These days, I’m less concerned about the hardware and software, but totally befuddled by the content.

17 Best images about Harry potter characters on Pinterest ...

Social media is totally out of control. News sites reports are almost as bad, even if (especially if?) they are accurately reporting what’s going on. There are claims and counterclaims, or are they hoaxes and counterhoaxes? In any cases, it’s painful.

I recently saw a news video with Rudy Giuliani. I swear that he was sitting next to Rita Skeeter from Harry Potter and the Goblet of Fire.

So I find myself trying to find something online that doesn’t make me twitch. So far, especially since I don’t follow sports, the only safe sites I’ve found are:

  • The National Weather Service
  • Wunderground (also weather)
  • Ebay
  • Amazon

I’m sure many other people who are staying home to avoid the pandemic are similarly affected. In fact, many people are probably Christmas shopping online.

Some of the people who are prominently featured in the current brouhaha are reported to dislike Amazon. I wonder if they realize how much Amazon is benefiting from the situation.

The Other Thanksgiving Thing

Thanksgiving. The day in which we spend three hours preparing for dinner, twenty minutes for everybody to eat, and then three hours to clean up.

But wait, as they say on television, there’s more.

In my house, after Thanksgiving dinner is over and the guests (we always used to have guests) have left, the other tradition to kick off the Holiday Season is observed.

When no one is looking, I go down into the basement, to the far corner which was once the fruit cellar. Many of you may never seen a traditional fruit cellar. There are shelves, which originally held the Mason jars of home-canned fruits and vegetables. Underneath, is a small section where no concrete floor exists. Instead, there is a 3′ x 3′ patch of soil that was once used to store home-grown potatoes and carrots in the fall so they would remain fresh over the winter.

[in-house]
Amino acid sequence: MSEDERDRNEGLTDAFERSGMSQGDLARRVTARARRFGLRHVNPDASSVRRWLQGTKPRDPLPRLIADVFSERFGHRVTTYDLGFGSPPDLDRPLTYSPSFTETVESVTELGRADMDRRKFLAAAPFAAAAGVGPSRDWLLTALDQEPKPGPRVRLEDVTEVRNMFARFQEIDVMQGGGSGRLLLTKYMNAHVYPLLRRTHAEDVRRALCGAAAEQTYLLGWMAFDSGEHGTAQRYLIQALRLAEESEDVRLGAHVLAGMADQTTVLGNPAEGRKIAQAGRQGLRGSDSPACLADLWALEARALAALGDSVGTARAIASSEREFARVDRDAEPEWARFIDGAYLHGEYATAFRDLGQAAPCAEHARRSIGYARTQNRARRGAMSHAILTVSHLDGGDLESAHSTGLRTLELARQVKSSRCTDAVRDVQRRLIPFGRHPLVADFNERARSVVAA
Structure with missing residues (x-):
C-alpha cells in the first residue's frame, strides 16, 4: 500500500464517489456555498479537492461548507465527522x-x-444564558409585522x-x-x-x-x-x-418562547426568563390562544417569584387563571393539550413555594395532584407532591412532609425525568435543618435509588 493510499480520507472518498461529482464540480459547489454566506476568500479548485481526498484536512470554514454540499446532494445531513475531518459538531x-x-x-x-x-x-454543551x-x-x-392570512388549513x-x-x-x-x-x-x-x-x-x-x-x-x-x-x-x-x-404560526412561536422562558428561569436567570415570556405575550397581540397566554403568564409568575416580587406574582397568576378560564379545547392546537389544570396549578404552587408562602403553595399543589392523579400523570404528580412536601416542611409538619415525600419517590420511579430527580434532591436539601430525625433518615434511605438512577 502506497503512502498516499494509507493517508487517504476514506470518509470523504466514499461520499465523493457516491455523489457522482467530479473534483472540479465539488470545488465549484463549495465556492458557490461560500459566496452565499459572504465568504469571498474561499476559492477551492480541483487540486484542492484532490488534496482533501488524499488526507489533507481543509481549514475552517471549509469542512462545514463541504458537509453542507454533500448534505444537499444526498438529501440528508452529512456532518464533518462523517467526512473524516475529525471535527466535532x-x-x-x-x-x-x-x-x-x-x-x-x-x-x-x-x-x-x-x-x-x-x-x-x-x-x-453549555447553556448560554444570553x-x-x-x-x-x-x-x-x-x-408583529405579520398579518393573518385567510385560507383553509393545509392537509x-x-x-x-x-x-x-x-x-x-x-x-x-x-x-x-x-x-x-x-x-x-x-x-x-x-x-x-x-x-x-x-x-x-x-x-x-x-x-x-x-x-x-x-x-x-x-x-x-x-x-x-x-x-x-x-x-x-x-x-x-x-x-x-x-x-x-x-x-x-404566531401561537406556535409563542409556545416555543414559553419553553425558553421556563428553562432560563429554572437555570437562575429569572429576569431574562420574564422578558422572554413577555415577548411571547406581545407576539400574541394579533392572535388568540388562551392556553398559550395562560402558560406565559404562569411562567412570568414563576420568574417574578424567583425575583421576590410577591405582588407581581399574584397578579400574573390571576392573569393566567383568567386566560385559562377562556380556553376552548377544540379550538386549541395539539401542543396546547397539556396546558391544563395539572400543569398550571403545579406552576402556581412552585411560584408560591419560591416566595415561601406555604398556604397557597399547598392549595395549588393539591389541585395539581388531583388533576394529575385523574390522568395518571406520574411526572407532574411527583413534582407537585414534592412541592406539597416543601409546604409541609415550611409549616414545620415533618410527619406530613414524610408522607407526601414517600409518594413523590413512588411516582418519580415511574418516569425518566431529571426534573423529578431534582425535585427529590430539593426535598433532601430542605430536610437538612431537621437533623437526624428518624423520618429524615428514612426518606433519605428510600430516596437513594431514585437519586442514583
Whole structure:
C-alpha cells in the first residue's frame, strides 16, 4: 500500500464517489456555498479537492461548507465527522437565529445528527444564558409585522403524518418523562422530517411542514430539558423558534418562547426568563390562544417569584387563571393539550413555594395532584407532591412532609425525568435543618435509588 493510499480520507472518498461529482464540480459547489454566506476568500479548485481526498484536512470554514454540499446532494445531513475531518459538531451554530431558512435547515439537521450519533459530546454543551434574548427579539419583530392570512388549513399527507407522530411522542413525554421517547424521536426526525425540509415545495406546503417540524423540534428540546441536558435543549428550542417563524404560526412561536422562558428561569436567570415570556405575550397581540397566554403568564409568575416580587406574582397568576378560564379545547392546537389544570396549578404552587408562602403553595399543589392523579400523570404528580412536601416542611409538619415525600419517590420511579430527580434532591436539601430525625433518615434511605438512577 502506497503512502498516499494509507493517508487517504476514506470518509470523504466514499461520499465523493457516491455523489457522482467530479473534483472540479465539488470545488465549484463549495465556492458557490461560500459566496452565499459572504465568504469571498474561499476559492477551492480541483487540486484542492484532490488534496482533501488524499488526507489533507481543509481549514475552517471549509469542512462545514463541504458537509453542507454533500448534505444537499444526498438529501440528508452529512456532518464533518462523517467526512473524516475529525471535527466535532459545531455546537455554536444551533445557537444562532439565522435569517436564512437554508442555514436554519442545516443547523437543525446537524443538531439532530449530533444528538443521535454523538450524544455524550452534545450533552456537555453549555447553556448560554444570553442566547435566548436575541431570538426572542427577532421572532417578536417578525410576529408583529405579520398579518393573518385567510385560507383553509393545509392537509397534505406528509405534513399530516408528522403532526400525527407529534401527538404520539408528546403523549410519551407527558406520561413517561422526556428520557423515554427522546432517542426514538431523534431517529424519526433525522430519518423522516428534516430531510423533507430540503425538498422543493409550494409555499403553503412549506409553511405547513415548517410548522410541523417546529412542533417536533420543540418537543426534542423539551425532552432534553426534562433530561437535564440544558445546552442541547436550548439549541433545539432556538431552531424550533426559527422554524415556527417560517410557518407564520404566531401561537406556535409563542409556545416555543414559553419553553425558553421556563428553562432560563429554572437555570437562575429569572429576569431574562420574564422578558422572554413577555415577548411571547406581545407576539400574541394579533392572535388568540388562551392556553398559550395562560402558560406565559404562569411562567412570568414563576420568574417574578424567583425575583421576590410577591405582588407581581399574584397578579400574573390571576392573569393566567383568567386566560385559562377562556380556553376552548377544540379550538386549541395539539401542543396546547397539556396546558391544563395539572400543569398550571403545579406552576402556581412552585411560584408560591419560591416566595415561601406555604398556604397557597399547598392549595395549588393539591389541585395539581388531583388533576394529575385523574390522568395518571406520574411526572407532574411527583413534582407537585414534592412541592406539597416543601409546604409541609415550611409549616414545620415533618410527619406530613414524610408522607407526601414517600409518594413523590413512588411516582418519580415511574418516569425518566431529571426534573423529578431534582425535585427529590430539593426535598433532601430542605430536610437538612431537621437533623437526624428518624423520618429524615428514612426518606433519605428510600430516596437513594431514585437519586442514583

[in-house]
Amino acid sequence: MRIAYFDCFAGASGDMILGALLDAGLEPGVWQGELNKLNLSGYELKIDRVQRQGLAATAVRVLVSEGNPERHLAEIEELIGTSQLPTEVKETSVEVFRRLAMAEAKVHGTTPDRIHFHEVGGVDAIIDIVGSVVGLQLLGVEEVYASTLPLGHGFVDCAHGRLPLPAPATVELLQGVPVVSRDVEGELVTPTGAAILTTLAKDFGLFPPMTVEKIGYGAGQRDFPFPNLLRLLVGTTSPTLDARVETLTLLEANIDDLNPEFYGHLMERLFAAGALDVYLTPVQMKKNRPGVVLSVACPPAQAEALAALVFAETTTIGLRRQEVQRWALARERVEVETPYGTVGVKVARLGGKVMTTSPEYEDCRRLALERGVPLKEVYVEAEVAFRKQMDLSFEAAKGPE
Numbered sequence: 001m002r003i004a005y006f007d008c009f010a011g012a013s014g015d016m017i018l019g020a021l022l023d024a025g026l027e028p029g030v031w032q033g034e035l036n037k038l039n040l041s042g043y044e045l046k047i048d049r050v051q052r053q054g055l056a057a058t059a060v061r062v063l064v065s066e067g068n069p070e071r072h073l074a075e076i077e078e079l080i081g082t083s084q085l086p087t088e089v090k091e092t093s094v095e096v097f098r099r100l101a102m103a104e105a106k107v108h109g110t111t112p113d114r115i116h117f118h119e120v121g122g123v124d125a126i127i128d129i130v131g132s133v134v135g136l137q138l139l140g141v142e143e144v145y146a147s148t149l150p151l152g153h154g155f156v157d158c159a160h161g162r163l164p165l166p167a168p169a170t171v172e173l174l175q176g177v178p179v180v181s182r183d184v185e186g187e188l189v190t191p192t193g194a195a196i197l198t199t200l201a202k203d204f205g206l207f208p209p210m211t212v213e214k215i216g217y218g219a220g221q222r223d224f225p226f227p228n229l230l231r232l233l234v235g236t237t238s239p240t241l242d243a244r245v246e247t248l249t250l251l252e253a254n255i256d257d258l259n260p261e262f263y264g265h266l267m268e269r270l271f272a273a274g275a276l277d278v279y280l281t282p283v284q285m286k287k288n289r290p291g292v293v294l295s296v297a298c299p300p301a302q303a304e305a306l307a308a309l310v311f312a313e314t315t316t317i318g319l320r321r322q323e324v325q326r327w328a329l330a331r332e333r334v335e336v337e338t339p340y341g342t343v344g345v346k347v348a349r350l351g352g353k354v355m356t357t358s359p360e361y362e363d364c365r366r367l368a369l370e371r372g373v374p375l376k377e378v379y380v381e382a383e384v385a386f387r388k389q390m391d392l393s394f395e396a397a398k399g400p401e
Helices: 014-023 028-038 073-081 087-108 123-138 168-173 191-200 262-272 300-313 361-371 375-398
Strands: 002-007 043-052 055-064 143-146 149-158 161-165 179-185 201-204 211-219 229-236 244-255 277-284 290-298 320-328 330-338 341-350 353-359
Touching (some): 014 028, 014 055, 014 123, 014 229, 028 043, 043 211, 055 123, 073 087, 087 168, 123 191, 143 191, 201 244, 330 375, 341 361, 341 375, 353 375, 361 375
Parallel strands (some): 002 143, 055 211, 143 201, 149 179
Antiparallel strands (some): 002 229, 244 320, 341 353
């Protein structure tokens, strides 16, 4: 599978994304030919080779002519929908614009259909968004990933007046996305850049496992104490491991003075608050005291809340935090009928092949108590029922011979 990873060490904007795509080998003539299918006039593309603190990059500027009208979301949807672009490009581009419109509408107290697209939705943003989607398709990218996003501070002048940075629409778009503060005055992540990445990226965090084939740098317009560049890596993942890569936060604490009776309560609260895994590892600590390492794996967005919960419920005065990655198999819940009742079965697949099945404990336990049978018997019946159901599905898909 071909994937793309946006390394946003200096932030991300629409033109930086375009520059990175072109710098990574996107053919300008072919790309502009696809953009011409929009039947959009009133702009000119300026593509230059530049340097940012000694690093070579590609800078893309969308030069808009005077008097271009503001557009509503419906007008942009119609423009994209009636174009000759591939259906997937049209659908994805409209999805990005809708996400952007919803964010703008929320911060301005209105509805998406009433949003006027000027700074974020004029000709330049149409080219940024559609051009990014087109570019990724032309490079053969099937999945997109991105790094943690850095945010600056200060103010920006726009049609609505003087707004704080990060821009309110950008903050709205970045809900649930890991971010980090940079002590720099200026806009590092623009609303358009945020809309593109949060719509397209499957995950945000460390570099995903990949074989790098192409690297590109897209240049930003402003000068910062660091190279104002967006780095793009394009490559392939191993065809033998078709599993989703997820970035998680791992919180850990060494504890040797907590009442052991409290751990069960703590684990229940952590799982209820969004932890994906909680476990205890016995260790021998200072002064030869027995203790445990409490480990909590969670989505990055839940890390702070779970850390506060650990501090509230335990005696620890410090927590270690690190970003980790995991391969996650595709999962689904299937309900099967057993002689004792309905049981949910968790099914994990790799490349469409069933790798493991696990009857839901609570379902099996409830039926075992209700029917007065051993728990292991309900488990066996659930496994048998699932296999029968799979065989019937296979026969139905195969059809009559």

No one ever thinks to reach behind the patch of soil, which is just as well, because it is a perfect hiding place. I get down on my knees and prop the flashlight just right so I can see under the shelf. In the very back, where no one ever looks, is the target of my search.

I reach back and wrap my fingers around it and pull it out into the light. I unwrap the multiple layers of ancient cloth, then tin foil (Yes, tin, not modern aluminum) until its multicolored splendor is visible.

It is THE fruitcake that my family has been passing from one to another for generations untold. When my great grandmother gave it to me, she pulled me and whispered that her grandmother swore that it dates back to the days of King Arthur. If looking at it doesn’t convince you, the smell should, even though all fruitcakes smell the same.

I turn it over in my hands and ponder, “To whom should I gift it to this Christmas?”